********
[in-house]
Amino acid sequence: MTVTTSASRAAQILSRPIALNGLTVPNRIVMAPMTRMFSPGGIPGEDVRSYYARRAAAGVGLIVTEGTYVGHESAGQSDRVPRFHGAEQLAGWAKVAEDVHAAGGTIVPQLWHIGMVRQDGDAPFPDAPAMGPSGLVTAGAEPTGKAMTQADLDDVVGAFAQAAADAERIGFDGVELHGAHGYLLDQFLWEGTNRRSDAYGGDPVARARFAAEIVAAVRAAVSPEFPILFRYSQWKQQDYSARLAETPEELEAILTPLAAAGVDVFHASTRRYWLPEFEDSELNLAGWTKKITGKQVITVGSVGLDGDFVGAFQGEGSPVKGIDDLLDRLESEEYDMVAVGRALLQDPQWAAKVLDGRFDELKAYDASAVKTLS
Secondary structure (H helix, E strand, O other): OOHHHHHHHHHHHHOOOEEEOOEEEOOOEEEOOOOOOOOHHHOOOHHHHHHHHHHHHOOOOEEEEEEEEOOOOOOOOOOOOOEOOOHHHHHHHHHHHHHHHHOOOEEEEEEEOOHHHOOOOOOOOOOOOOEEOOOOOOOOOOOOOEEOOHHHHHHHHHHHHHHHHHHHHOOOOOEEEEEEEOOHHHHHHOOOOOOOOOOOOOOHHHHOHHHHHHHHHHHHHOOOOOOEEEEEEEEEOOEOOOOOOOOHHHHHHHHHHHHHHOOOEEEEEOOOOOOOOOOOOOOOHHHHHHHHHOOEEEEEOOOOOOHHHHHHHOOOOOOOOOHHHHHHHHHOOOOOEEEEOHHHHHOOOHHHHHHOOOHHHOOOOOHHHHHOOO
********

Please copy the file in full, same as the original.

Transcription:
[in-house]
Amino acid sequence: MTVTTSASRAAQILSRPIALNGLTVPNRIVMAPMTRMFSPGGIPGEDVRSYYARRAAAGVGLIVTEGTYVGHESAGQSDRVPRFHGAEQLAGWAKVAEDVHAAGGTIVPQLWHIGMVRQDGDAPFPDAPAMGPSGLVTAGAEPTGKAMTQADLDDVVGAFAQAAADAERIGFDGVELHGAHGYLLDQFLWEGTNRRSDAYGGDPVARARFAAEIVAAVRAAVSPEFPILFRYSQWKQQDYSARLAETPEELEAILTPLAAAGVDVFHASTRRYWLPEFEDSELNLAGWTKKITGKQVITVGSVGLDGDFVGAFQGEGSPVKGIDDLLDRLESEEYDMVAVGRALLQDPQWAAKVLDGRFDELKAYDASAVKTLS
Secondary structure (H helix, E strand, O other): OOHHHHHHHHHHHHOOOEEEOOEEEOOOEEEOOOOOOOOHHHOOOHHHHHHHHHHHHOOOOEEEEEEEEOOOOOOOOOOOOOEOOOHHHHHHHHHHHHHHHHOOOEEEEEEEOOHHHOOOOOOOOOOOOOEEOOOOOOOOOOOOOEEOOHHHHHHHHHHHHHHHHHHHHOOOOOEEEEEEEOOHHHHHHOOOOOOOOOOOOOOHHHHOHHHHHHHHHHHHHOOOOOOEEEEEEEEEOOEOOOOOOOOHHHHHHHHHHHHHHOOOEEEEEOOOOOOOOOOOOOOOHHHHHHHHHOOEEEEEOOOOOOHHHHHHHOOOOOOOOOHHHHHHHHHOOOOOEEEEOHHHHHOOOHHHHHHOOOHHHOOOOOHHHHHOOO